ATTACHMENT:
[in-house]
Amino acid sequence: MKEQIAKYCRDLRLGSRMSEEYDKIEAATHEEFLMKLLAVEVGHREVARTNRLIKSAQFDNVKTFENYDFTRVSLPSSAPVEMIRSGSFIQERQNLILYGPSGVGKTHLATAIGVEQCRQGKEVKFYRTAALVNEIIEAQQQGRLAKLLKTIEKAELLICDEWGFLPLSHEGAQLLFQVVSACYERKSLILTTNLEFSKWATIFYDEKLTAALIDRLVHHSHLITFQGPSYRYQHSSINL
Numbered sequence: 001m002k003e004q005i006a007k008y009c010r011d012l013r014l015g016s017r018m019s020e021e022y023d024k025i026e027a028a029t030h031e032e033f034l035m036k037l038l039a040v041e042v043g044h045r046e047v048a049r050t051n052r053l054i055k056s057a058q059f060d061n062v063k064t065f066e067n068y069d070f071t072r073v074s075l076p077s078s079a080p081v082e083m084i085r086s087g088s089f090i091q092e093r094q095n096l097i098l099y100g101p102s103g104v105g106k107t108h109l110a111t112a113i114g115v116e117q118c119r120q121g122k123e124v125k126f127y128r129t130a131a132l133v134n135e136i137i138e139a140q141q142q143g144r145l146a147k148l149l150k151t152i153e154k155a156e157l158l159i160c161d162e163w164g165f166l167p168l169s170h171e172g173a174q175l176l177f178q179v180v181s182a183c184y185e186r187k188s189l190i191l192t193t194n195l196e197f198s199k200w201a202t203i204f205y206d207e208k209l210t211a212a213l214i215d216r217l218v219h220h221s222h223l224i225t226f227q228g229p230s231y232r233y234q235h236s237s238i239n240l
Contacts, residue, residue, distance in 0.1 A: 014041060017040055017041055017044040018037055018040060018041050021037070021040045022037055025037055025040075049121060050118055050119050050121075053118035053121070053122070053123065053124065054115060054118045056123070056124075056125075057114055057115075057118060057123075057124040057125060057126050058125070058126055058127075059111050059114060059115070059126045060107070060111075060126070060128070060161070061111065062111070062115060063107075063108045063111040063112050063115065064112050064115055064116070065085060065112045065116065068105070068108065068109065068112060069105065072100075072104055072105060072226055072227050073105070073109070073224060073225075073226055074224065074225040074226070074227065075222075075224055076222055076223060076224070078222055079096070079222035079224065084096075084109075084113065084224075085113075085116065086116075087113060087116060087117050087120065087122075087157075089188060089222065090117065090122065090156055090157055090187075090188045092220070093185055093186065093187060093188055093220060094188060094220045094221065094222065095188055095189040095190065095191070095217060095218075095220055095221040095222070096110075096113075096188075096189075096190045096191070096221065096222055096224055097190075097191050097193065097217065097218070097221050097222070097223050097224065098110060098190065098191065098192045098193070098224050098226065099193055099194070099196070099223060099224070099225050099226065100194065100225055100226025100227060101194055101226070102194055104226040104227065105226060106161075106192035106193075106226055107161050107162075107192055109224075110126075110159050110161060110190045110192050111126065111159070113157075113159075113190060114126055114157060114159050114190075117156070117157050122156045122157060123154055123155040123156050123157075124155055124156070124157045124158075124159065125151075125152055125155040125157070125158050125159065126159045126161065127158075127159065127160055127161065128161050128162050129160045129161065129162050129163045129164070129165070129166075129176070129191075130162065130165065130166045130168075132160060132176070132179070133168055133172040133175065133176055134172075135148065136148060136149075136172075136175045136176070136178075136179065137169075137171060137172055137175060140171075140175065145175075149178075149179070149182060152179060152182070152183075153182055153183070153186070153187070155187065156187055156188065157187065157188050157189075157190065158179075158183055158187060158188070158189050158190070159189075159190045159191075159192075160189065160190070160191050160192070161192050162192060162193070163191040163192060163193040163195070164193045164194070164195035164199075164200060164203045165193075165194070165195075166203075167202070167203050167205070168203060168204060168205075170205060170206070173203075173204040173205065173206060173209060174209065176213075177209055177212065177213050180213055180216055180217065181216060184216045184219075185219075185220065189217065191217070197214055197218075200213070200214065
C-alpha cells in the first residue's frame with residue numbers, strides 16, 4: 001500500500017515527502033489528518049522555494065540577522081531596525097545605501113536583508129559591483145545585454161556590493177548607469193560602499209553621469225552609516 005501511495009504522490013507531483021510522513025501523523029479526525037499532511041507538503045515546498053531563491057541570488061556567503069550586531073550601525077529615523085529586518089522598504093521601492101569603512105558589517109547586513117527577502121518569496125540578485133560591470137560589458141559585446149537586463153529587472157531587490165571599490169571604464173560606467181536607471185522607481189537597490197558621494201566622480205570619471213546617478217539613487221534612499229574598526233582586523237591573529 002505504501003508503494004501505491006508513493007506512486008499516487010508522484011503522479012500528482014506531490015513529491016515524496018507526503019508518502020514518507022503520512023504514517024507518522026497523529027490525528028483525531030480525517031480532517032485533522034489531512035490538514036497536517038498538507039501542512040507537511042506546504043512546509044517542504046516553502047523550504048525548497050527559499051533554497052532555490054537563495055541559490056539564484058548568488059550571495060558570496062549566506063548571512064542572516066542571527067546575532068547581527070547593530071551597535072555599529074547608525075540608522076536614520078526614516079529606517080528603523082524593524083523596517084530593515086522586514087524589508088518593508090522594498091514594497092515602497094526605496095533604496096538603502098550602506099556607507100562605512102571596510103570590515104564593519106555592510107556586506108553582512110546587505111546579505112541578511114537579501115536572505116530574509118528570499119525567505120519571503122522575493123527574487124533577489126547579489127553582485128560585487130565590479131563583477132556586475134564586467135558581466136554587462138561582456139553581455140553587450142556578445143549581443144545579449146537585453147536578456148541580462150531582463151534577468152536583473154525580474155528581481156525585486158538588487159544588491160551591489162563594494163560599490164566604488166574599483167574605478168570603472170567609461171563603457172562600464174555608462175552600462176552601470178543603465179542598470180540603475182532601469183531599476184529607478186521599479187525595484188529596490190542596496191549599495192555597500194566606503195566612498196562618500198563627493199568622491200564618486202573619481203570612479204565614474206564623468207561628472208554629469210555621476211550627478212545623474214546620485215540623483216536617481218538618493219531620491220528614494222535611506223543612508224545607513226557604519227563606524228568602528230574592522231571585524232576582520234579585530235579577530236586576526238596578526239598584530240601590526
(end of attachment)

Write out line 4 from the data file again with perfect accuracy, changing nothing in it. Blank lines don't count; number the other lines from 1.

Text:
Contacts, residue, residue, distance in 0.1 A: 014041060017040055017041055017044040018037055018040060018041050021037070021040045022037055025037055025040075049121060050118055050119050050121075053118035053121070053122070053123065053124065054115060054118045056123070056124075056125075057114055057115075057118060057123075057124040057125060057126050058125070058126055058127075059111050059114060059115070059126045060107070060111075060126070060128070060161070061111065062111070062115060063107075063108045063111040063112050063115065064112050064115055064116070065085060065112045065116065068105070068108065068109065068112060069105065072100075072104055072105060072226055072227050073105070073109070073224060073225075073226055074224065074225040074226070074227065075222075075224055076222055076223060076224070078222055079096070079222035079224065084096075084109075084113065084224075085113075085116065086116075087113060087116060087117050087120065087122075087157075089188060089222065090117065090122065090156055090157055090187075090188045092220070093185055093186065093187060093188055093220060094188060094220045094221065094222065095188055095189040095190065095191070095217060095218075095220055095221040095222070096110075096113075096188075096189075096190045096191070096221065096222055096224055097190075097191050097193065097217065097218070097221050097222070097223050097224065098110060098190065098191065098192045098193070098224050098226065099193055099194070099196070099223060099224070099225050099226065100194065100225055100226025100227060101194055101226070102194055104226040104227065105226060106161075106192035106193075106226055107161050107162075107192055109224075110126075110159050110161060110190045110192050111126065111159070113157075113159075113190060114126055114157060114159050114190075117156070117157050122156045122157060123154055123155040123156050123157075124155055124156070124157045124158075124159065125151075125152055125155040125157070125158050125159065126159045126161065127158075127159065127160055127161065128161050128162050129160045129161065129162050129163045129164070129165070129166075129176070129191075130162065130165065130166045130168075132160060132176070132179070133168055133172040133175065133176055134172075135148065136148060136149075136172075136175045136176070136178075136179065137169075137171060137172055137175060140171075140175065145175075149178075149179070149182060152179060152182070152183075153182055153183070153186070153187070155187065156187055156188065157187065157188050157189075157190065158179075158183055158187060158188070158189050158190070159189075159190045159191075159192075160189065160190070160191050160192070161192050162192060162193070163191040163192060163193040163195070164193045164194070164195035164199075164200060164203045165193075165194070165195075166203075167202070167203050167205070168203060168204060168205075170205060170206070173203075173204040173205065173206060173209060174209065176213075177209055177212065177213050180213055180216055180217065181216060184216045184219075185219075185220065189217065191217070197214055197218075200213070200214065